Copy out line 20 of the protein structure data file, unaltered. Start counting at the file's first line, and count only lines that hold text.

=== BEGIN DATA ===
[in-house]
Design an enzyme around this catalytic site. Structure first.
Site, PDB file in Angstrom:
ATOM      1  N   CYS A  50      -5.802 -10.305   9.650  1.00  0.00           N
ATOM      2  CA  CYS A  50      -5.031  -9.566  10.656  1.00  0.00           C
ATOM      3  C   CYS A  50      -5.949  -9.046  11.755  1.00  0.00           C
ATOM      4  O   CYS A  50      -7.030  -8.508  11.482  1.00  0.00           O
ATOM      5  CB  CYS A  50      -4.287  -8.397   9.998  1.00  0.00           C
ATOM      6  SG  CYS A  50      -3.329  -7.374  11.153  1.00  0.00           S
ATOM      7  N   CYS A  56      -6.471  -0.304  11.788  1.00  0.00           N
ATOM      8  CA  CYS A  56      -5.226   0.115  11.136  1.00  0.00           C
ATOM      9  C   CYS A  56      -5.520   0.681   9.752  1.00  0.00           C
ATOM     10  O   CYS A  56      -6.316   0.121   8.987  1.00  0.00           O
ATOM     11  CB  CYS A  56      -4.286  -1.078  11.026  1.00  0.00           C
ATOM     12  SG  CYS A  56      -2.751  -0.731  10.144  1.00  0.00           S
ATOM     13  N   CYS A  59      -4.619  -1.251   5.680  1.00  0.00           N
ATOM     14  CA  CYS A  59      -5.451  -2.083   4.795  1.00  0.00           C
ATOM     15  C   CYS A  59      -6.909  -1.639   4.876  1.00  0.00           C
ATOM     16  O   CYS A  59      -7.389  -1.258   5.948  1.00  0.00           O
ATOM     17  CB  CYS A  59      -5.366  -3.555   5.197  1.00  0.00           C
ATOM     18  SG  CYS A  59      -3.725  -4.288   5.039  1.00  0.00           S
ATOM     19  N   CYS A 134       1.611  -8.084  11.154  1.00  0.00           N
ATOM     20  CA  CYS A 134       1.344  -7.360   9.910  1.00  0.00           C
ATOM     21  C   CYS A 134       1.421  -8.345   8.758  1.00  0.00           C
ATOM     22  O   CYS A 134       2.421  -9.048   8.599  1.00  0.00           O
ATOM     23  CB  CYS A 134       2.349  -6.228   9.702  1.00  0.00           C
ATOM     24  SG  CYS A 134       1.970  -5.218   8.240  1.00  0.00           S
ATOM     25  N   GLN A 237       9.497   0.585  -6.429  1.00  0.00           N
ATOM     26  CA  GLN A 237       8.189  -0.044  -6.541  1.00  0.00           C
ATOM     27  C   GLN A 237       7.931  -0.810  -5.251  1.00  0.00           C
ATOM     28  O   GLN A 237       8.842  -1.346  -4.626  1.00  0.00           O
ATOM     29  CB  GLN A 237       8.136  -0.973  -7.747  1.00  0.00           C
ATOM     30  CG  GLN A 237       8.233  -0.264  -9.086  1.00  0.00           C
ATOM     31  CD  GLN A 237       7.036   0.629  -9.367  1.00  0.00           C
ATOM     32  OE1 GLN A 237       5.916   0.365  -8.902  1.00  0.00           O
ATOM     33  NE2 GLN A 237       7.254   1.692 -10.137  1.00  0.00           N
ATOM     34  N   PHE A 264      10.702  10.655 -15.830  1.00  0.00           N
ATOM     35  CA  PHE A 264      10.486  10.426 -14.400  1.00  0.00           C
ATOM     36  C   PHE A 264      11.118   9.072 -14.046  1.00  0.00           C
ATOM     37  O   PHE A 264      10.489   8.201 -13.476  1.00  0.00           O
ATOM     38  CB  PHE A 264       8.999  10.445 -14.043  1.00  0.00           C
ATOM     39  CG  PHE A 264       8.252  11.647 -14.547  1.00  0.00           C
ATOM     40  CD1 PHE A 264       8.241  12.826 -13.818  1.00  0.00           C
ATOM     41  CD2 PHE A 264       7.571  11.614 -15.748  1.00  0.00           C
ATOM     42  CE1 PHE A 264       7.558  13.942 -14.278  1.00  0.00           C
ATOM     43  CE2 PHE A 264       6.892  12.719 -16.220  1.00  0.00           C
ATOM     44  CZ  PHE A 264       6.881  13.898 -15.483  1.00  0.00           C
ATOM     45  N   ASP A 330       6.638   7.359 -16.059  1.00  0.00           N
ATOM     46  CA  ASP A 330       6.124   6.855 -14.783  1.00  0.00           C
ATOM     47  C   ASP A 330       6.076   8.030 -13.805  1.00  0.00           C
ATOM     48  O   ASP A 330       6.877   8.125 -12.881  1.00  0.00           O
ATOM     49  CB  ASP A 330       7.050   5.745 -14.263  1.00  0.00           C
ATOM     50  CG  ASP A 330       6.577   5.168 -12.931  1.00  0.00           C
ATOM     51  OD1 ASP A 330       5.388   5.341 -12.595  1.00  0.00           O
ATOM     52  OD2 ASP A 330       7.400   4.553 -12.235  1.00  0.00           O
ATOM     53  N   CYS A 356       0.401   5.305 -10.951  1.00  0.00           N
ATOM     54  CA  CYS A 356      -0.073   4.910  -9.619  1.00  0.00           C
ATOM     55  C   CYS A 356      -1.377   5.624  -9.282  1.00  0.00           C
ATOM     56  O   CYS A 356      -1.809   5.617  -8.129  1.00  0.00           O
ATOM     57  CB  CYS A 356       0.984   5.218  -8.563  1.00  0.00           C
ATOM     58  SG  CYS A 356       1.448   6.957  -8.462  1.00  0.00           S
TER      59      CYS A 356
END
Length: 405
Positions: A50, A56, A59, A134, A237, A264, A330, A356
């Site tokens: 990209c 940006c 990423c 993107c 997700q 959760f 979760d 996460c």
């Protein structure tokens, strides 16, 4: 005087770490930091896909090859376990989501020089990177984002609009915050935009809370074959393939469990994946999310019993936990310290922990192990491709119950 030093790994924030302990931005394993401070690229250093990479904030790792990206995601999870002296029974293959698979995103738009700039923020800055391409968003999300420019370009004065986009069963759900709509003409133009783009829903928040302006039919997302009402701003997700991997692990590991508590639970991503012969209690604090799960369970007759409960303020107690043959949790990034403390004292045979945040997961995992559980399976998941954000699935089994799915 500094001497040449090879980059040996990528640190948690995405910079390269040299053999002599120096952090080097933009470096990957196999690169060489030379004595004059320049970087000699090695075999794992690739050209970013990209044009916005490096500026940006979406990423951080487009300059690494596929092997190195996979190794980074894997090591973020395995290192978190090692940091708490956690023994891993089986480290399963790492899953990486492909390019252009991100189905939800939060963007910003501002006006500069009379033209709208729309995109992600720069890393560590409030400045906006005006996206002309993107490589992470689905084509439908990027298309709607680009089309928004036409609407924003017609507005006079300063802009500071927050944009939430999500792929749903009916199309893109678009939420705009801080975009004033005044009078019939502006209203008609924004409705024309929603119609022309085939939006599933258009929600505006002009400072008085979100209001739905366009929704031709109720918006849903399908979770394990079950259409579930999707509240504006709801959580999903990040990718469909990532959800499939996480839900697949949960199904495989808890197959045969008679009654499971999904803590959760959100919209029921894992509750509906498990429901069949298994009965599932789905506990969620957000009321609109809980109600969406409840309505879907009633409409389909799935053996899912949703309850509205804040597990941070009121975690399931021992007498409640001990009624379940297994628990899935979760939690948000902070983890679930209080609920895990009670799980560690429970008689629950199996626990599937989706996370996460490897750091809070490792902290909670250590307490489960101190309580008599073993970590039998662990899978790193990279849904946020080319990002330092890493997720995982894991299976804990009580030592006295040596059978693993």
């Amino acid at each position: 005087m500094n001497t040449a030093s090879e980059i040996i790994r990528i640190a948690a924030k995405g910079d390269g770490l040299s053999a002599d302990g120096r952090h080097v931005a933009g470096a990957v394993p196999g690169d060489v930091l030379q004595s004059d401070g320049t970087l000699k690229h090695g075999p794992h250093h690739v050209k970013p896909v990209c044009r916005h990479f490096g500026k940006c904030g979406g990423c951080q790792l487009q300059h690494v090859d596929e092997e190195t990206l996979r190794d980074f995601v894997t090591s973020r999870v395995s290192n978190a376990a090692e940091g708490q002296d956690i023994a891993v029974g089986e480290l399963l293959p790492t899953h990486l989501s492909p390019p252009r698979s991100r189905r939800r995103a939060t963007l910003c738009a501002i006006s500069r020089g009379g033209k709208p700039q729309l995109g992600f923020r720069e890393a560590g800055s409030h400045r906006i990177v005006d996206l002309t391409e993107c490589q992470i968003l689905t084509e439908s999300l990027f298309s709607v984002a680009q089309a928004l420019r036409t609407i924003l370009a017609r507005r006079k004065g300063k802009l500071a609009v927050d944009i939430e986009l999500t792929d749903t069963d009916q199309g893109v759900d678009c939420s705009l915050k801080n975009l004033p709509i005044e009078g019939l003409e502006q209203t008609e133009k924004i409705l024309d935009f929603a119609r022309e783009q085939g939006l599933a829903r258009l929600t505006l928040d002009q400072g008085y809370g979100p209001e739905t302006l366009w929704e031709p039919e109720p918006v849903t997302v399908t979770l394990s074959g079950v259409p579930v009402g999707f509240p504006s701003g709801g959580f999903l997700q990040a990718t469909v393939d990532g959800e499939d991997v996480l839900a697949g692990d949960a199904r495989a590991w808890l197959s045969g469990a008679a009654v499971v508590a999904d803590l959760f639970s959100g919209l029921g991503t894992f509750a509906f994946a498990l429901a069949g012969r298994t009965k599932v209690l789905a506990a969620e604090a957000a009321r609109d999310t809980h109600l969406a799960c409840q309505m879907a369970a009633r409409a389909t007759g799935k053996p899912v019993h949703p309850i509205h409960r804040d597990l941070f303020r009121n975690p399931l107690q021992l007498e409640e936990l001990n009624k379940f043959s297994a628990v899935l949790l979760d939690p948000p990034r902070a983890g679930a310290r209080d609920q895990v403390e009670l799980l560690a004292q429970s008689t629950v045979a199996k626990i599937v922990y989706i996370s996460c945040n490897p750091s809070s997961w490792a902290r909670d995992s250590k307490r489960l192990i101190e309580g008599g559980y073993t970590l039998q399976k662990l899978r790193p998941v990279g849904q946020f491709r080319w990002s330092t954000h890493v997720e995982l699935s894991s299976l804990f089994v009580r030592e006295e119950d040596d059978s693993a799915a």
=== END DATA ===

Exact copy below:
ATOM     17  CB  CYS A  59      -5.366  -3.555   5.197  1.00  0.00           C